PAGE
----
Sunday, September 14, 2014

Crayon Batik Pumpkin In The Moonlight Color Value Lesson

I've been wanting to try crayon batik for a long time.  I love using a pumpkin for this project because the orange and black look so good together, and they are so easy to draw any age group can do it,  plus I just plain love pumpkins!
You'll need:
copy paper
waterproof ink/black watercolor paint

Start by having the students draw a pumpkin that takes up most of their copy paper.   
Show them how to draw the curved lines across the pumpkin to give it a more 3-D look.

The next step is to start with yellow - working light to dark to show the gradation of color and value in their art.  For example the orange of the pumpkin goes from a yellow orange to a darker orange - the yellow orange is a higher value (brighter) than the orange.
I'm going to ask them what does the value of the color do to the pumpkin?  Hopefully they will answer with -  it creates reflection and shadow - showing depth and making the pumpkin look real or  3-D.  
Apply a layer of yellow and leave the space for the curved lines empty for now.
I tried doing the black outline first and the black crayon smears into all the other colors - so I leave it until the end.
Next apply a layer of yellow orange and then finally a layer of orange.  I will demonstrate each step and then let them work.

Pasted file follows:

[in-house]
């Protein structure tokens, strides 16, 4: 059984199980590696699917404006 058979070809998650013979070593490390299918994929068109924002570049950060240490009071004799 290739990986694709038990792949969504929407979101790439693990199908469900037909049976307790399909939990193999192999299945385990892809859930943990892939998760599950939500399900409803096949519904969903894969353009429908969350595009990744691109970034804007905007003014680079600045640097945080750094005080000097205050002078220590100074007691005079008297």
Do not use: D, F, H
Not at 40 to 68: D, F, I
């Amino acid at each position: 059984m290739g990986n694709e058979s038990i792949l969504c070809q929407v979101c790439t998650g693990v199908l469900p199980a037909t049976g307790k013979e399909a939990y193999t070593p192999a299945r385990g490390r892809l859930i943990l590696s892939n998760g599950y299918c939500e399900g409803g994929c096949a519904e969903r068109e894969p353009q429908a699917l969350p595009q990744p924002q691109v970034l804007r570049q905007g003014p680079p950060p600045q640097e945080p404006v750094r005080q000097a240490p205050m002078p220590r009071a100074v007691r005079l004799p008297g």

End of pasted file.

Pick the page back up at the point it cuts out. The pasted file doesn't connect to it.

The pencil lines will get covered up with the ink or with crayon.  Demonstrate how the pressure of the crayon on the paper can create darker and lighter areas and how to blend colors together.
They need to get a nice thick layer of crayon on the paper for the batik.
They can do the stem the same as the pumpkin - light to dark with shadow towards the bottom of the stem.
Add a sandy color below the pumpkin so it isn't floating in space.  Then add a brown layer closest to the bottom of the pumpkin and a night color like blue or purple. 
 Pumpkin in the Moonlight
The last color to add is black...
Now crumple the paper loosely into a ball one time and flatten it back out.
Then paint the ink or black watercolor paint on the paper - the crayon will resist the ink and it will go into the folds and uncolored areas creating a batik effect.
If the ink is sitting on top of the crayon just take a damp paper towel and go over the paper once to remove it.  Too much water on the towel and too much pressure could cause the paper to tear so be gentle.
I crumpled this one once but the one below twice.  You can decide which you like.

I like how the color POPS off the page!  Great Fall Project!

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